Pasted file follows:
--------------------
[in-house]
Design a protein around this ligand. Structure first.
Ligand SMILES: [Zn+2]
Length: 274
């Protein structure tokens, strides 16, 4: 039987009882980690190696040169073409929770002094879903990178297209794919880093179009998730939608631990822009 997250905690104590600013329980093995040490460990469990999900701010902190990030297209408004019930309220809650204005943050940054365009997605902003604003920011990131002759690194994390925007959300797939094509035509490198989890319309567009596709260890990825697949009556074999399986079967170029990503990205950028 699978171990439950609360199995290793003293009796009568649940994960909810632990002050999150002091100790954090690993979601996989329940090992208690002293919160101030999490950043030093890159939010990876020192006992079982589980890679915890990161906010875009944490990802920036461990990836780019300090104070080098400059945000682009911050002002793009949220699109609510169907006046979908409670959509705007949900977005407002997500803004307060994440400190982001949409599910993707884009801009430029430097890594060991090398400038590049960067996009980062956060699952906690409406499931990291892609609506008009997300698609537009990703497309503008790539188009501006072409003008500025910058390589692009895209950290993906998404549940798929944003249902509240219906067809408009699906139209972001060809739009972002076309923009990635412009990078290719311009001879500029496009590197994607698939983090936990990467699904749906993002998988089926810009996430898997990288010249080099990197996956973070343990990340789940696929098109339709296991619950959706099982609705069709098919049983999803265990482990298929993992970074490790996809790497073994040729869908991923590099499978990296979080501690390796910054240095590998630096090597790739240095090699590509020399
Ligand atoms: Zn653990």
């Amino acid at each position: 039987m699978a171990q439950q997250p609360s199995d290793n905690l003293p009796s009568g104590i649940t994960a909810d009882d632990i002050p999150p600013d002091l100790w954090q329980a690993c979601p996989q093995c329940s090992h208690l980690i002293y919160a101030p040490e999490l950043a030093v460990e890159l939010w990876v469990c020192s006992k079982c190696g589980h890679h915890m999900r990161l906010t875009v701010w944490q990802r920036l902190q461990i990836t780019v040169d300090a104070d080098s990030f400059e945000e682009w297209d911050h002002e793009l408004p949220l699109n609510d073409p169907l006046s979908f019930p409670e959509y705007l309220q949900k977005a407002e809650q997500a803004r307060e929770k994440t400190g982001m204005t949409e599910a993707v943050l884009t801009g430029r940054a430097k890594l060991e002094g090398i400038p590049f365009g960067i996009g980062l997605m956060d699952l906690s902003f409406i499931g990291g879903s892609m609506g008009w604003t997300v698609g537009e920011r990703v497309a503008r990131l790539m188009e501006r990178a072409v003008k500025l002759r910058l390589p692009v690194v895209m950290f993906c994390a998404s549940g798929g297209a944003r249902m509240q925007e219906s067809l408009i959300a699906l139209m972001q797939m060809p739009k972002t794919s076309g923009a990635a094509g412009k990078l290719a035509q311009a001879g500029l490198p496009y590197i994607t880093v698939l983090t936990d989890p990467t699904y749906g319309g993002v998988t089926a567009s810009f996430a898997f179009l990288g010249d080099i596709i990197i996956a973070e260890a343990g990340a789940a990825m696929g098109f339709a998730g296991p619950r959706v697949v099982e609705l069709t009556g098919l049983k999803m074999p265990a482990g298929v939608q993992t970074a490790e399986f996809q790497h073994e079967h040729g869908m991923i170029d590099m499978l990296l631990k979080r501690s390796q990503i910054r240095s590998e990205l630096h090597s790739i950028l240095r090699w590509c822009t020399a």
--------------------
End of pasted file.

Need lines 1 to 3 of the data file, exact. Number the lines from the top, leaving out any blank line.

[in-house]
Design a protein around this ligand. Structure first.
Ligand SMILES: [Zn+2]